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The Body Language of Camaraderie

Team members sweat, train and sometimes even bleed together. That creates immense opportunities for bonding. How does this camaraderie show up in body language? Through the power of proxemics, a fancy word for the distance between people, and haptics, a fancy word for touch. Teammates have much higher rates of touch than average friends. They pat each other on the back, butt, head and torso in gestures of congeniality. Team players also maintain smaller distances between each other. They stand close together, huddle on sidelines and close talk much more comfortably than normal friends. Of course, this comes from frequent body touching with close proximity during play.

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The Body Language of an Alpha

Typically on a team or any group of people there is an alpha, or unspoken group leader. This is usually the most powerful player on a team. Alpha’s not only have a higher level of skill but also show different body language movements. You will notice that team alphas strut, hold their head higher and back further than other players and puff their chest out both on and off the field. These subtle confidence cues remind other players “who’s boss” and are a show to the outside world. You can practice this by viewing a team you are unfamiliar with. While the team waits on the sidelines, try to spot the player with the highest head, most puffed out chest and strutting walk. Then look up their rankings. You will almost always find this person is the top one or two players on the team.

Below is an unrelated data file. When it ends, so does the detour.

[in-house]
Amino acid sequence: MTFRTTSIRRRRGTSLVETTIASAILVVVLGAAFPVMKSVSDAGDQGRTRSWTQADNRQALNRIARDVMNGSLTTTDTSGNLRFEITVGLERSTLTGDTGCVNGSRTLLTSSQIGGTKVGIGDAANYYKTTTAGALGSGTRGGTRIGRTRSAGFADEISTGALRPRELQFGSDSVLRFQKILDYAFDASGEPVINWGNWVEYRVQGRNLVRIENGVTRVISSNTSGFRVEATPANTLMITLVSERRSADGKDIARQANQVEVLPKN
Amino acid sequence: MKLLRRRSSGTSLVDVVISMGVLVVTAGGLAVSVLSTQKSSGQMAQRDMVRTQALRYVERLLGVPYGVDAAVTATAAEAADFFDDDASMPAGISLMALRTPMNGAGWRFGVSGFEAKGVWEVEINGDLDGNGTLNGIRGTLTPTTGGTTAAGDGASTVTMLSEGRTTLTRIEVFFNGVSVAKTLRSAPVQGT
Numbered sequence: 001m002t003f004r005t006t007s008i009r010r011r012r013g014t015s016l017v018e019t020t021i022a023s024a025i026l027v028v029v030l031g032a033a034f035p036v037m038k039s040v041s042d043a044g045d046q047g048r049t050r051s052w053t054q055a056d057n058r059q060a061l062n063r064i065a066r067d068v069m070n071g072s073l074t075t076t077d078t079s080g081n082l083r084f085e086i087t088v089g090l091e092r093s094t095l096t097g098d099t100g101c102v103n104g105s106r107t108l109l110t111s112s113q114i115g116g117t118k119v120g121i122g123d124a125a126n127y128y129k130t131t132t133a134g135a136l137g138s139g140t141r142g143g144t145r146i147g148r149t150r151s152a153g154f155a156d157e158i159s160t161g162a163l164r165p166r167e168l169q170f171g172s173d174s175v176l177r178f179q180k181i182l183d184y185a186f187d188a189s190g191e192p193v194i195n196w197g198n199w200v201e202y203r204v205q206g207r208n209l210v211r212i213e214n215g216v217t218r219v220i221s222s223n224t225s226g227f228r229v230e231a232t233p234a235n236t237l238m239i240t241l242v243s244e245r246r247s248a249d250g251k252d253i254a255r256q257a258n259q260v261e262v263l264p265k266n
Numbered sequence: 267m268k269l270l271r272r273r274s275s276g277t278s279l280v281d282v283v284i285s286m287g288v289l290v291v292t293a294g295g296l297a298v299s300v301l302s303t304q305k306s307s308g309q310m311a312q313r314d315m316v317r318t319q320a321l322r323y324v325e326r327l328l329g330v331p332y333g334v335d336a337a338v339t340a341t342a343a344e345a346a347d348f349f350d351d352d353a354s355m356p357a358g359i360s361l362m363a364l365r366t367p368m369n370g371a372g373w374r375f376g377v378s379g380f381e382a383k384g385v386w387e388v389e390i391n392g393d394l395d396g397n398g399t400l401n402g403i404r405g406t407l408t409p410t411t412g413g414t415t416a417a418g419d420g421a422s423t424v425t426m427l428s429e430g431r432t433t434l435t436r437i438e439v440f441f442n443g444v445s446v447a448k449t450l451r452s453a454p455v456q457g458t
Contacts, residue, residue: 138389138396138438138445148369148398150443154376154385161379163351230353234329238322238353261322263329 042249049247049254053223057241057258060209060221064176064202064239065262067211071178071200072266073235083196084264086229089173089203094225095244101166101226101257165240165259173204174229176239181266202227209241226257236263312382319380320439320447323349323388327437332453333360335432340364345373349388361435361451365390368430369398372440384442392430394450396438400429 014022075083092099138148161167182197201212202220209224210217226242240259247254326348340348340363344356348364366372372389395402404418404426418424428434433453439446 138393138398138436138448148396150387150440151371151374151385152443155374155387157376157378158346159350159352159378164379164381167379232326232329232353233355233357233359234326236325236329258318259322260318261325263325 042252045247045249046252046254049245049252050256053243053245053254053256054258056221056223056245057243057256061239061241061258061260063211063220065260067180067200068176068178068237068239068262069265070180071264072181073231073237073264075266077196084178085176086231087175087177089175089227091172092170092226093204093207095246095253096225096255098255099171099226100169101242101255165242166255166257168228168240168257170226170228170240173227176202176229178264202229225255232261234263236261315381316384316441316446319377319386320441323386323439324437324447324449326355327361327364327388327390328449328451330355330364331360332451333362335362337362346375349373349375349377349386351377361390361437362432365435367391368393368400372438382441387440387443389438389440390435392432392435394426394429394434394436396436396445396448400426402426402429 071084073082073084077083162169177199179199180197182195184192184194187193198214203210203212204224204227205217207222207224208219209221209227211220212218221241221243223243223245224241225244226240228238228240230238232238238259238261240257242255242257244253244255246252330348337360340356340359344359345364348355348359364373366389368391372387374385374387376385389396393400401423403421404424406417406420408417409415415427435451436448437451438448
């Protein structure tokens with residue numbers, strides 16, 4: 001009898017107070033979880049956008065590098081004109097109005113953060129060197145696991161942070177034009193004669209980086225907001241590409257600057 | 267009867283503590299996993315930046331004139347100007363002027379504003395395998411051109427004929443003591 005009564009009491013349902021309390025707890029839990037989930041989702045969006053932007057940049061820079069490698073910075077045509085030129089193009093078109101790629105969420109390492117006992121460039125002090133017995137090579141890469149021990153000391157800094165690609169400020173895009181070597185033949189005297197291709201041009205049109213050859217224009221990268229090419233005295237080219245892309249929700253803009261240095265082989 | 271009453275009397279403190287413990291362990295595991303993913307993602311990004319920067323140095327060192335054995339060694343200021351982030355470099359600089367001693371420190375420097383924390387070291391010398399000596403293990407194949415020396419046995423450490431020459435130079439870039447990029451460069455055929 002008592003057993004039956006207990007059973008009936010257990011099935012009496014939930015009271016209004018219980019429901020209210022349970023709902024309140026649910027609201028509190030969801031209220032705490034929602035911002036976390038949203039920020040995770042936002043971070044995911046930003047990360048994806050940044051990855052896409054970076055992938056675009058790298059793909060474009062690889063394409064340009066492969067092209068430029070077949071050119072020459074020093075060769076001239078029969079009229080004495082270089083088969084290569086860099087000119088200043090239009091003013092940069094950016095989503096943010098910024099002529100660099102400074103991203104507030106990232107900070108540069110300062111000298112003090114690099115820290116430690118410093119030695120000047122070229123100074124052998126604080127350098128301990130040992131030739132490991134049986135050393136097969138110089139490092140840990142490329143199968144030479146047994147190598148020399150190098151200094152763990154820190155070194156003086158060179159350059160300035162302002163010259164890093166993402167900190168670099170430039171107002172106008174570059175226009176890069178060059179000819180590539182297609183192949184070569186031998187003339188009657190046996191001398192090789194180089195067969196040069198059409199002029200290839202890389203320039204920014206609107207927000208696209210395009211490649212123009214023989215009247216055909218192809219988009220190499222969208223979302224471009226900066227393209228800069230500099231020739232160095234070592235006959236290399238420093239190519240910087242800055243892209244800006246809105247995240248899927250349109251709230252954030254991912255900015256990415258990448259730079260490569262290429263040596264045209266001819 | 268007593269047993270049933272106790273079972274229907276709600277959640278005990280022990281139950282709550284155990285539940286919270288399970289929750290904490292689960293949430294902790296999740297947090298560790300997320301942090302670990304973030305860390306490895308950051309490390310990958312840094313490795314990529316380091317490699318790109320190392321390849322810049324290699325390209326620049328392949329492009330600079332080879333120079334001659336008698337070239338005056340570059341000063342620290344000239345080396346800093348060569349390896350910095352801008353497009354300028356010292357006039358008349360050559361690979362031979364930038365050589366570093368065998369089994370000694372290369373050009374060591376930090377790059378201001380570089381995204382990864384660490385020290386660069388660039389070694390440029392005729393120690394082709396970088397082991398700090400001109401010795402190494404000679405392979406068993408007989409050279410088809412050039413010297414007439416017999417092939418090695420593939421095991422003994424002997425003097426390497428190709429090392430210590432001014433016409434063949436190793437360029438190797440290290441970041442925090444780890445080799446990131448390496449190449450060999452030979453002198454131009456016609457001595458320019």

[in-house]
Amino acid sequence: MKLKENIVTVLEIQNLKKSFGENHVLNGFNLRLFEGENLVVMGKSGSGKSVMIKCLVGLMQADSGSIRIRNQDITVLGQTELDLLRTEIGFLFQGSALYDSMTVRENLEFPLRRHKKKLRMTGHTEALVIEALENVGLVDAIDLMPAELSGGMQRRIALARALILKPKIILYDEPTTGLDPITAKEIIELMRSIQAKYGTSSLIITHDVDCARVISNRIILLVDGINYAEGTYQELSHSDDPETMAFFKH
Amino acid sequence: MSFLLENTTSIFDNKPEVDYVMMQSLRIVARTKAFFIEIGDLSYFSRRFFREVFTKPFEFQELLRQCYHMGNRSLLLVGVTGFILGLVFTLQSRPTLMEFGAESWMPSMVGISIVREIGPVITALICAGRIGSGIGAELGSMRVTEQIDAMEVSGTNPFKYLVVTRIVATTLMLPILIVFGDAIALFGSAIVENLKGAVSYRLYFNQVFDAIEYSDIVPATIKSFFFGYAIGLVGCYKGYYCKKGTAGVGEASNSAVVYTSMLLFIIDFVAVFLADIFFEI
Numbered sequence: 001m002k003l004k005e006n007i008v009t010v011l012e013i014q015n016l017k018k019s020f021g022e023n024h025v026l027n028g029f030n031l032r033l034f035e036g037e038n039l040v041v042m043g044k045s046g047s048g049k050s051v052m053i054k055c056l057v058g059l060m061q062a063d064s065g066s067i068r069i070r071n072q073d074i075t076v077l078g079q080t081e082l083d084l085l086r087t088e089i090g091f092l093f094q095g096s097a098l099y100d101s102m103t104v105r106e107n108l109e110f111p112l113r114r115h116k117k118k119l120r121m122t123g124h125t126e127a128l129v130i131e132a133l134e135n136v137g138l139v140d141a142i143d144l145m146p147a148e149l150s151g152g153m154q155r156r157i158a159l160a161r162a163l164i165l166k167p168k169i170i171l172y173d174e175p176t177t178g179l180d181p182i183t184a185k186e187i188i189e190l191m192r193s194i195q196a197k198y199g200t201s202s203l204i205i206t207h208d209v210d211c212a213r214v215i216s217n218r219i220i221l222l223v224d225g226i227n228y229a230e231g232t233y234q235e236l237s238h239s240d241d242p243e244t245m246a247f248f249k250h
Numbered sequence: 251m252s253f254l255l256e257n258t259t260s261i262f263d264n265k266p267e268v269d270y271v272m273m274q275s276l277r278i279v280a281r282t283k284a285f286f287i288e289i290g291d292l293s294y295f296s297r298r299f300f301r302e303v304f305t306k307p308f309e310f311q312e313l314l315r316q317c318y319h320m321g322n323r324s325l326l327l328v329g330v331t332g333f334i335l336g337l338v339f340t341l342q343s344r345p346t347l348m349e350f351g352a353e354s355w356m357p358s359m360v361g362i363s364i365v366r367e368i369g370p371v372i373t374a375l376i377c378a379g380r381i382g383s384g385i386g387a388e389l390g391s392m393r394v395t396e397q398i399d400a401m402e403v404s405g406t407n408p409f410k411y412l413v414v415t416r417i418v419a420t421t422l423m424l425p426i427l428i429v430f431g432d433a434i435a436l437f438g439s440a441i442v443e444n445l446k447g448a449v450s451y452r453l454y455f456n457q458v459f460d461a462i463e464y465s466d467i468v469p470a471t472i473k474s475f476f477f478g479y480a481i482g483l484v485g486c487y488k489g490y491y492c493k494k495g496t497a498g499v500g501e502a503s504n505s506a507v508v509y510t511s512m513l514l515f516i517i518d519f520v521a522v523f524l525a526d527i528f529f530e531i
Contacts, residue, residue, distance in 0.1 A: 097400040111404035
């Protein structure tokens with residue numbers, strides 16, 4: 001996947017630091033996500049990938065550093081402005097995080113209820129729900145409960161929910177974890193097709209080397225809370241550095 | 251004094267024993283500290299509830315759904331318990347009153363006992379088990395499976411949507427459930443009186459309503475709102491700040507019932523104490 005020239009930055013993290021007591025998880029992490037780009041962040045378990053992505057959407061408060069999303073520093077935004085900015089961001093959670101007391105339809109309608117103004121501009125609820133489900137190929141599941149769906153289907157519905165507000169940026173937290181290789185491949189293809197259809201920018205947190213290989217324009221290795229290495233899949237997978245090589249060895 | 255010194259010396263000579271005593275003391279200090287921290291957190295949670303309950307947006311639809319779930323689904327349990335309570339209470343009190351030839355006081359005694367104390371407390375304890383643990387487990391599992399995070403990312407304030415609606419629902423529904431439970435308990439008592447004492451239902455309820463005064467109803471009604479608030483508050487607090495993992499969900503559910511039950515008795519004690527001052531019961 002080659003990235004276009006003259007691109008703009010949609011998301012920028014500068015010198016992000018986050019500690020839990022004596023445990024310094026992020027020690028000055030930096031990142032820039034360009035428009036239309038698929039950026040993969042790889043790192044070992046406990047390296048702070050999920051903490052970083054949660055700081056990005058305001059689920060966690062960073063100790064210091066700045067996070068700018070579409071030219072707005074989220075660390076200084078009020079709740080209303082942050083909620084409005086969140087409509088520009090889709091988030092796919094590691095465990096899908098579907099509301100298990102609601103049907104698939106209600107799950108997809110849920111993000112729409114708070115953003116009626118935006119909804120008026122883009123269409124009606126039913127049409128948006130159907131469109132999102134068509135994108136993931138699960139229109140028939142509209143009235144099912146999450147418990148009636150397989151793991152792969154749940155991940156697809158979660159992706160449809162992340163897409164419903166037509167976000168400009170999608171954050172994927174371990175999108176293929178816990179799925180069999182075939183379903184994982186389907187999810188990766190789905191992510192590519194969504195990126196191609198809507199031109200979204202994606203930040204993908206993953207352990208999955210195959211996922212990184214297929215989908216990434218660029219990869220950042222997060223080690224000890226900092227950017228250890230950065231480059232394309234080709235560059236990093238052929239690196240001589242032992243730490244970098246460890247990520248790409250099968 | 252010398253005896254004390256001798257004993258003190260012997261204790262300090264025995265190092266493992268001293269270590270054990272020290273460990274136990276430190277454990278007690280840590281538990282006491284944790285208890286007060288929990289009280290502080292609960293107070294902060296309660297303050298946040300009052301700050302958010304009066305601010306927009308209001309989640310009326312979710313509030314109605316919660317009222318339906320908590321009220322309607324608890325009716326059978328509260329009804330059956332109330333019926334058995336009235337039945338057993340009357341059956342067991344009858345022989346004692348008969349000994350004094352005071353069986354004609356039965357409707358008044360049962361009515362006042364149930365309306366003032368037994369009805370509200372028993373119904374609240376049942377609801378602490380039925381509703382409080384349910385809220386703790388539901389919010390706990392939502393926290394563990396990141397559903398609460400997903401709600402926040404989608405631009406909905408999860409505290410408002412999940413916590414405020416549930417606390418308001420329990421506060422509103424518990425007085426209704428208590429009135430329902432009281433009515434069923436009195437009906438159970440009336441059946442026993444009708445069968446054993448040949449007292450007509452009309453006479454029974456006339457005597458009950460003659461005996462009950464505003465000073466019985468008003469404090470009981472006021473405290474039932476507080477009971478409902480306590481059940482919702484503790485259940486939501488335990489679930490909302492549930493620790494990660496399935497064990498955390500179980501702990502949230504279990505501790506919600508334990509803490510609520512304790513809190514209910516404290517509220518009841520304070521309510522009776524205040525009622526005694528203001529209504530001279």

Sports provide a great opportunity to view body language in action. Players have high emotions, adrenaline pumping and close social and territorial interactions with team members and coaches—it gives us plenty of fun body language spotting opportunities.